This compounds as more discussions happen. Eventually, it comes up in a product meeting as something the company may do in the future, but you tell everyone not to focus on it. You continue to spend more time on the idea, in a vacuum you think, maybe have a sleepless night thinking about it. In short order, this innocuous side project has become a subconscious thorn in the productive side for just about everyone at the company.

☝ Things change. It’s a fact. Better ideas come along that require re-prioritizing and re-focusing the company. That’s fine. But you need to be disciplined in the approach to change management.

This applies to little things like making a button red instead of blue and big things like building a saas platform instead of building a consumer app. Both changes are impactful, so when something comes along that makes a lot of sense, have a process in place to evaluate a change and make sure the entire org is supporting it before just embarking on a little experimentation.

Example #2 — New Markets

You’ve done good work collecting data and you’ve decided your initial target market should be X. But your founder is in a meeting with investors and they suggest market Y could also be a good one. You graciously agree but try to sway them back to X. Your investors are persuasive, pushy even, they’re anxious because your product isn’t live yet. Yadda.

They convince you, and you compromise, to do a little digging into Y and report back. You are focused so you go to your assistant or utility player to help with the research. They get stuck and go to the head of marketing for help. And so it goes.

☝ All of these examples assume you, the founder, is incredibly disciplined by default and you at least make an effort to isolate your larger team from the distraction. That’s rarely the case so most of you probably go right to the most impactful resource in the company as soon as the idea pops into your head.

That’s way worse obviously.

Example #3 — Partnerships

You’re heads-down on building and launching your MVP. You start stressing about how to launch your product; how to get users; how to grow revenue. All important stuff of course and much of that should be talked about and worked on as part of your core focus. After you’ve done all that and have a go-to-market plan, you read an article on TC about how partner A massively helped partner B grow. You think that’s the missing ingredient to your launch strategy. You bring the idea to your head of marketing.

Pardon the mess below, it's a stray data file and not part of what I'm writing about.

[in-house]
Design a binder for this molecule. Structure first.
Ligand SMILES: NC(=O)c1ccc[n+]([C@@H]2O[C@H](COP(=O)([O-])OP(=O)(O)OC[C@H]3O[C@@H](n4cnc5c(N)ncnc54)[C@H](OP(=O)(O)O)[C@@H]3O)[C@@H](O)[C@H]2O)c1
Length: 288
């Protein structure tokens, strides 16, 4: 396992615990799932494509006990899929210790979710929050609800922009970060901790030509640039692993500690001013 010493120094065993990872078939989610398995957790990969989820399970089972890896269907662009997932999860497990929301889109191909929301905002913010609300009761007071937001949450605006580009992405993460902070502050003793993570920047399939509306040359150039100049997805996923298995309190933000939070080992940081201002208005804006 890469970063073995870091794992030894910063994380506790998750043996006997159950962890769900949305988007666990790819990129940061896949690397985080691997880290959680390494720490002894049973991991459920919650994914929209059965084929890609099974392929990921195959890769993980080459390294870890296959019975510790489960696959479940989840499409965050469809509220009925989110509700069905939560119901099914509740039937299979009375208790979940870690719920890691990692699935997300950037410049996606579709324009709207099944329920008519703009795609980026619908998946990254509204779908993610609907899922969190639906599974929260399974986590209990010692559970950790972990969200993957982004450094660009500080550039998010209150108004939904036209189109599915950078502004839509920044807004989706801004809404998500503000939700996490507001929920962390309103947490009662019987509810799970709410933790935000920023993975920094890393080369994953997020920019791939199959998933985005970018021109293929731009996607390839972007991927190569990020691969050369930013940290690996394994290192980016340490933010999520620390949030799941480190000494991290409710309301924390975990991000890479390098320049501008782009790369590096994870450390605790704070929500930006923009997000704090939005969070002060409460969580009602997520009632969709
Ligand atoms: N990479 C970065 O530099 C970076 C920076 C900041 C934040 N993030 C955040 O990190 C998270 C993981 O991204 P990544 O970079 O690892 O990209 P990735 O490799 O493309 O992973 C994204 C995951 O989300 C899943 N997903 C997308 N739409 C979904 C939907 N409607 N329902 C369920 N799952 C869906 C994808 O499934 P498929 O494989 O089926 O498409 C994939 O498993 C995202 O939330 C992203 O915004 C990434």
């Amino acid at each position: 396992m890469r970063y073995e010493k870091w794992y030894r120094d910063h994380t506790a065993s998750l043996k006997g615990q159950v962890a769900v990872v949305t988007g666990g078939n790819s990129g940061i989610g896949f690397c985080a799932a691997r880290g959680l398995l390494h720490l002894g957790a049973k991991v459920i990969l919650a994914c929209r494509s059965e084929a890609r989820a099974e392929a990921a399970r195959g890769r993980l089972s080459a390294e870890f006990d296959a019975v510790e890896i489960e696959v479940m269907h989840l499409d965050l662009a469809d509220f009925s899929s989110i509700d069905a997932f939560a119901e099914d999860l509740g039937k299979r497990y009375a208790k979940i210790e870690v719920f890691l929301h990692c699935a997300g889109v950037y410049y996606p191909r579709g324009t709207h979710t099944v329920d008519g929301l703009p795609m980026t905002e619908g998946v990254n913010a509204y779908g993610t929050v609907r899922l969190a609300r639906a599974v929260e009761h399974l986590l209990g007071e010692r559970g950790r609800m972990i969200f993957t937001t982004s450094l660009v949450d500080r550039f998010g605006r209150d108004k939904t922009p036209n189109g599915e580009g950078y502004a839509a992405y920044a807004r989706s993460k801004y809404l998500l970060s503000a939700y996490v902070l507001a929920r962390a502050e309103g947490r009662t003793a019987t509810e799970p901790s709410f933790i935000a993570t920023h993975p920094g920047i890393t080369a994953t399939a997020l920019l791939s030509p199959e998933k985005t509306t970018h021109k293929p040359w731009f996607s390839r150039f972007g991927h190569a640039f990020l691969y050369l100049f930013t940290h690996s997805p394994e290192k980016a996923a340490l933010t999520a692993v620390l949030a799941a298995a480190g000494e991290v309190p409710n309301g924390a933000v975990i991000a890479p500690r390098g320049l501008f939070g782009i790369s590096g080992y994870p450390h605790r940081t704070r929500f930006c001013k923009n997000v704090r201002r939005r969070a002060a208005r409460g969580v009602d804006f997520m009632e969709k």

They push back and say let’s back burner this until the product is launched. You agree, but secretly you’re back-channeling to various companies about a partnership. One bites and wants you to prepare some materials and do a quick presentation on the product vision. Now you’re marketing team is making Powerpoints and product is building a custom demo for a product that doesn’t even work yet. C’est la vie.

☝ Let me caveat that none of this thinking is bad. In the grand scheme of things, as a founder, you’ll need to come up with a million ideas for products, features, marketing, partnerships, and everything else to win at the startup game.

But you can only do so much so fast. Get in the habit of putting ideas on the back burner, just build a list of potential things and check it weekly against your core assumptions driving your current priority and focus.

Example #4 — Marketing Initiatives

You’ve got a go-to-market plan. You’ve built a budget around the specific initiatives you have confidence will work, or at least are the worthiest to try first. One night you’re life partner sees a clever TikTok story that’s really an ad and you have an epiphany. We should add TikTok to our rollout strategy. You likely forgot the hour-long session your team had about why it doesn’t make sense to try TikTok initially but long term it could be a good marketing source for the business.

You engage your finance head to build a quick model on TikTok marketing and maybe even toy with some creative ideas with a freelance resource. At the same time, your Marketing Director needs to work on some numbers with finance on the Youtube strategy and can’t get time on the calendar for 3 days because they’re boondoggling on your TikTok stuff. That’s a +1 for distractions.

☝ All of this is a general guideline for increasing the probability of success in a startup. I’m sure you’ve read all the articles about how unlikely it is for any startup to win by default. The cards are stacked against you. In my experience, the best you can do is optimize the odds of success.

The idea of staying focused on the one thing you think (and have data to support) is the best-known path will increase you’re chances of success. But every startup path is hella wonky. When you look back, and from a birdseye view, you will see all kinds of twists and turns. But when you’re in the thick of it, especially early on, less is almost always more.

The list goes on, and you see the problem. Even these obtuse examples demonstrate that the smallest founder distraction can wreak havoc.

So I can’t stress it enough. Pick a focus, base that focus on as much customer development as possible, then stay focused. As a founder your actions cause waves throughout the organization, so it’s up to you to keep everything and everyone pointed in the right direction.

Want to take a call with me? Book directly on my website at https://bak.me.

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Jeff Solomon

Entrepreneur & 6x founder @velocify @amplifyla @markuphero @audiojoyapps @geekingapp | Teacher. Advisor. Content Creator. Product. Marketing. Startups. Dad.